Children's Toys - Play Safe

CHILDREN’S toys must be carefully selected, writes MARY CHEN, inappropriate toys can be lethal. 

As the mother of two young children, paediatrician Dr Shyam Puthucheary is very careful about the toys she buys for her children. Besides looking at the fun, function and educational values of each toy, Dr Shyam makes sure the toys she chooses are safe.

She says: “I buy toys that are hardy and appropriate for their age and abilities. And I always look for the safety label that indicates the toy is non-toxic and non-flammable.”

When it comes to toys and safety, the most common dangers are choking, strangulation and injuries from sharp objects, observes Dr Shyam.

She advises parents to use the minimum age recommendation on the toy package as a guide only, as even children in the right age group may have different capabilities.


TO minimise the risk of choking, ensure that the toy’s eyes, fur, buttons, body paint and other parts do not come off easily, as young children like to pull off bits and pieces and put them in their mouth.

Dr Shyam says: “If a toy can break, or if bits of it come off easily, your child can choke on these.”

Remove and discard all packaging from a toy before giving it to your child. Children can choke on or be suffocated by plastic packaging left lying around.

Young children can also choke on food (such as sweets) or small items found in the home (such as coins, buttons, erasers, jewellery, deflated balloons).

Toys for older children are not always safe for younger ones so ensure that older children don’t play with toys, such as small balls or marbles, around younger siblings.

Dr Shyam says that while it is common practice for us to pass down toys from siblings or cousins, there are two important things parents should ensure before handing down toys.

They should check that there are no broken bits and the toy is appropriate for the child.

In fact, Dr Shyam advises parents to make a habit of checking and sorting their children’s toys regularly and either make repairs immediately or throw away damaged or broken ones.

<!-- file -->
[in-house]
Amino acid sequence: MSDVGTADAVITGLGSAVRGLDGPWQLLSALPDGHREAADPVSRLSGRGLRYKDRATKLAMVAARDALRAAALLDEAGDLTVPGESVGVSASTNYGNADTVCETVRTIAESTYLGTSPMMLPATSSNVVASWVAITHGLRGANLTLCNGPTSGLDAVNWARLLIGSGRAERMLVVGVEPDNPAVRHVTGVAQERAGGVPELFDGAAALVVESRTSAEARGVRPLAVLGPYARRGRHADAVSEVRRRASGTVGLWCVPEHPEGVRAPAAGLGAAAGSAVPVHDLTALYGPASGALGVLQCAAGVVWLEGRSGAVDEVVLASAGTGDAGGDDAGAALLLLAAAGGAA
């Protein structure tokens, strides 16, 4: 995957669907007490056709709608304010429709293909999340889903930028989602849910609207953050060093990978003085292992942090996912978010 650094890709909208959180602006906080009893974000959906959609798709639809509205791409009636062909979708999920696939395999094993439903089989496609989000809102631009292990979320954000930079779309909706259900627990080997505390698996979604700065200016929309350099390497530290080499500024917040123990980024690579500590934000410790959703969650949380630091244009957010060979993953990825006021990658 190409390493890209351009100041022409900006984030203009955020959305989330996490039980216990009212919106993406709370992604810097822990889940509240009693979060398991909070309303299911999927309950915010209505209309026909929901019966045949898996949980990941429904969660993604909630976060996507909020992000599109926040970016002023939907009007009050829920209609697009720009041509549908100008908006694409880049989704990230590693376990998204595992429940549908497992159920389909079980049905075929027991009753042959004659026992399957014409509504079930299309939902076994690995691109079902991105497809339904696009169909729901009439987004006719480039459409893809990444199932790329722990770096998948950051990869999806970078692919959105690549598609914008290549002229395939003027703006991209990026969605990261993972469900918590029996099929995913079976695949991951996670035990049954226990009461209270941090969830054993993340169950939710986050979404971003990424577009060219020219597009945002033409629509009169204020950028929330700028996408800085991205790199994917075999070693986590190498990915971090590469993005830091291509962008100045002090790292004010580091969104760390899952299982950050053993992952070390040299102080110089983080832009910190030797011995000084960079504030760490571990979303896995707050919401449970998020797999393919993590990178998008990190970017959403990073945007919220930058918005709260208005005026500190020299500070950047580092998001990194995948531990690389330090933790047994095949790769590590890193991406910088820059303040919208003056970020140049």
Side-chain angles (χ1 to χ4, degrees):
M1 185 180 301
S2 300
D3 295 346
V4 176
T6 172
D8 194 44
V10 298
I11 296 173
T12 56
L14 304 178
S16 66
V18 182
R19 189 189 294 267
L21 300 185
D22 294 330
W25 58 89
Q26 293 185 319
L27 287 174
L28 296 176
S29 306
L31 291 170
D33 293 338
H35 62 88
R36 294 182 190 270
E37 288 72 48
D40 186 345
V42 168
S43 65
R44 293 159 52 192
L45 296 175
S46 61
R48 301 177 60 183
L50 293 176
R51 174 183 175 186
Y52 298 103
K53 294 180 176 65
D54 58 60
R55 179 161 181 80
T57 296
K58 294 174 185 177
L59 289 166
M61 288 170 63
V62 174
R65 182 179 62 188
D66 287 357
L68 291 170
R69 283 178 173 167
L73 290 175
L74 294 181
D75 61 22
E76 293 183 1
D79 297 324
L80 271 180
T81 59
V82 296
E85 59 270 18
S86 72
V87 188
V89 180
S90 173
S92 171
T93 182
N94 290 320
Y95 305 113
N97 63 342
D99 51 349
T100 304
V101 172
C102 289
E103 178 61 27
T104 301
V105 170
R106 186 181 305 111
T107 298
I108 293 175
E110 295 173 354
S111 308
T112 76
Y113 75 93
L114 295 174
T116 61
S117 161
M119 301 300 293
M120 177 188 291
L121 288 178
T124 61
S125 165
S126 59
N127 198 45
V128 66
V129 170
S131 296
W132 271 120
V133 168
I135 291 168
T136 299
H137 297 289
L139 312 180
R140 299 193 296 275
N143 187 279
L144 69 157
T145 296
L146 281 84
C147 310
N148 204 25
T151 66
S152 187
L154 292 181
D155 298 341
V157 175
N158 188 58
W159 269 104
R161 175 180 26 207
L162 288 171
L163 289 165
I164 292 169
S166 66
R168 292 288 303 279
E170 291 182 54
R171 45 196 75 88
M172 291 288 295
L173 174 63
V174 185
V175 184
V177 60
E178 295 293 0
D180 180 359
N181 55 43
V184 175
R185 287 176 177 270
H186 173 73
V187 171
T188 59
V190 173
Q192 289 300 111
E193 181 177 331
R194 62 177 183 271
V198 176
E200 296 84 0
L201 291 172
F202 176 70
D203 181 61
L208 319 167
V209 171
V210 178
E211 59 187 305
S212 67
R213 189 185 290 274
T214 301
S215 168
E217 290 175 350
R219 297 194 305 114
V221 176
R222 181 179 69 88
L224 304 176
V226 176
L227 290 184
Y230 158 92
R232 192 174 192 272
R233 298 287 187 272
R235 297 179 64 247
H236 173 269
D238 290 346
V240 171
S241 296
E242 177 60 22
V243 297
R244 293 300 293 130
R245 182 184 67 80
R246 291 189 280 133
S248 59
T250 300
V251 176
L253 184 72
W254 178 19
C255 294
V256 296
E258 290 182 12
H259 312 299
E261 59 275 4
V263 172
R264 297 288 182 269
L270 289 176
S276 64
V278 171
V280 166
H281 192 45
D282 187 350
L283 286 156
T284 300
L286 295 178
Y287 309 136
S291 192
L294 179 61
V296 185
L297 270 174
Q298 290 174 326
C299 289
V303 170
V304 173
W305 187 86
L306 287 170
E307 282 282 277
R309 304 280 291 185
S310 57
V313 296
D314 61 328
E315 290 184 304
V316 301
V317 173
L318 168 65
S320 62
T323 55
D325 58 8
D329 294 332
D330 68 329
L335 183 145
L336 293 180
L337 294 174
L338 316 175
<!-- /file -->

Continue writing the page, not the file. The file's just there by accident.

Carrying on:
NEVER give toys with strings, straps or cords of any length that can go round their neck to young children. Strangulation deaths have been recorded from necklaces, toy guitar straps, cords or ribbons being wrapped around the neck of children under three.

Remove all dangling toys from the crib or playpen when your child is starting to push up on hands and knees, usually about five months old. Do not merely untie one end and allow the toy to dangle, as your child would be attracted to it and in reaching up for it may become entangled resulting in injury or death.


* Toys with sharp points or rough edges.

* Toys with strings longer than 30cm.

* Toys with small, removable parts measuring less than five centimetres.

* Toys with long handles that can be inserted into the mouth or poked in an eye.

* Toys made of materials that can break or tear easily.

* Toys with fluffy and longish hair or fur that may trigger an allergic reaction.

* Toys with rotating blades or motors.


ALWAYS ensure that children are properly supervised when using electrical toys and other electrically operated products. Possible dangers include electric shock and burns, especially if the product has a heating element.

Make sure that batteries in toys are properly installed and do not allow a child to sleep with a battery-operated toy.


WHEN something blocks your child’s throat, he will cough, gasp or gag.

If your baby or very young child cannot make sounds, stops breathing or turns blue, act quickly as he may have an obstructed airway.

For a small child:

* Place your child over your thigh, head down and slap between the shoulder blades.

* If back blows fail, use abdominal thrusts only if you have been trained to do so on a child.

* If not, begin CPR.

For a baby:

* Lay the baby on an incline (eg on your forearm), with the head down

* Slap between the shoulder blades, using less force than for a child. Repeat until item is dislodged.

* If baby loses consciousness, begin CPR.

* DO NOT use abdominal thrusts.


CPR can save a child’s life if his heart stops beating or he has stopped breathing for any reason like drowning, poisoning, suffocation, choking. It is most successful if given immediately after the heart or breathing stops.


* Unresponsiveness, with no evidence of effective breathing.

* Extreme difficulty in breathing.

* Blue lips or skin.

* Severe wheezing.

* Drooling, or difficulty in swallowing with trouble breathing.

* Extreme paleness.

To determine the child’s response, tap his shoulders and call his name. If he responds, opens his eyes, wakes up or cries, let him rest.

If there is no response:

* Call for help.

* Lie him down on his back and tilt his head back and lift his chin.

* Watch, listen and feel the nose or mouth for breathing. If he is breathing, lie him on his side and wait for medical help to arrive.

* If he is not breathing, gently blow two breaths into his mouth and nose.

* Feel for a pulse at the right or left side of the neck.

* If there is a pulse, continue giving breaths until medical help arrives.

* If there is no pulse, start chest compression at the rate of 100 per minute and give one breath for every five compressions. Repeat for 20 cycles.

* Check for a pulse every few minutes. Continue until medical help arrives.

Dr Shyam recommends that all parents and childcare providers learn to apply CPR to be prepared for any such emergencies.

Such courses are usually available at local hospitals or organisations such as St John’s Ambulance and the Malaysian Red Crescent Society

SUM/ Mary Chen

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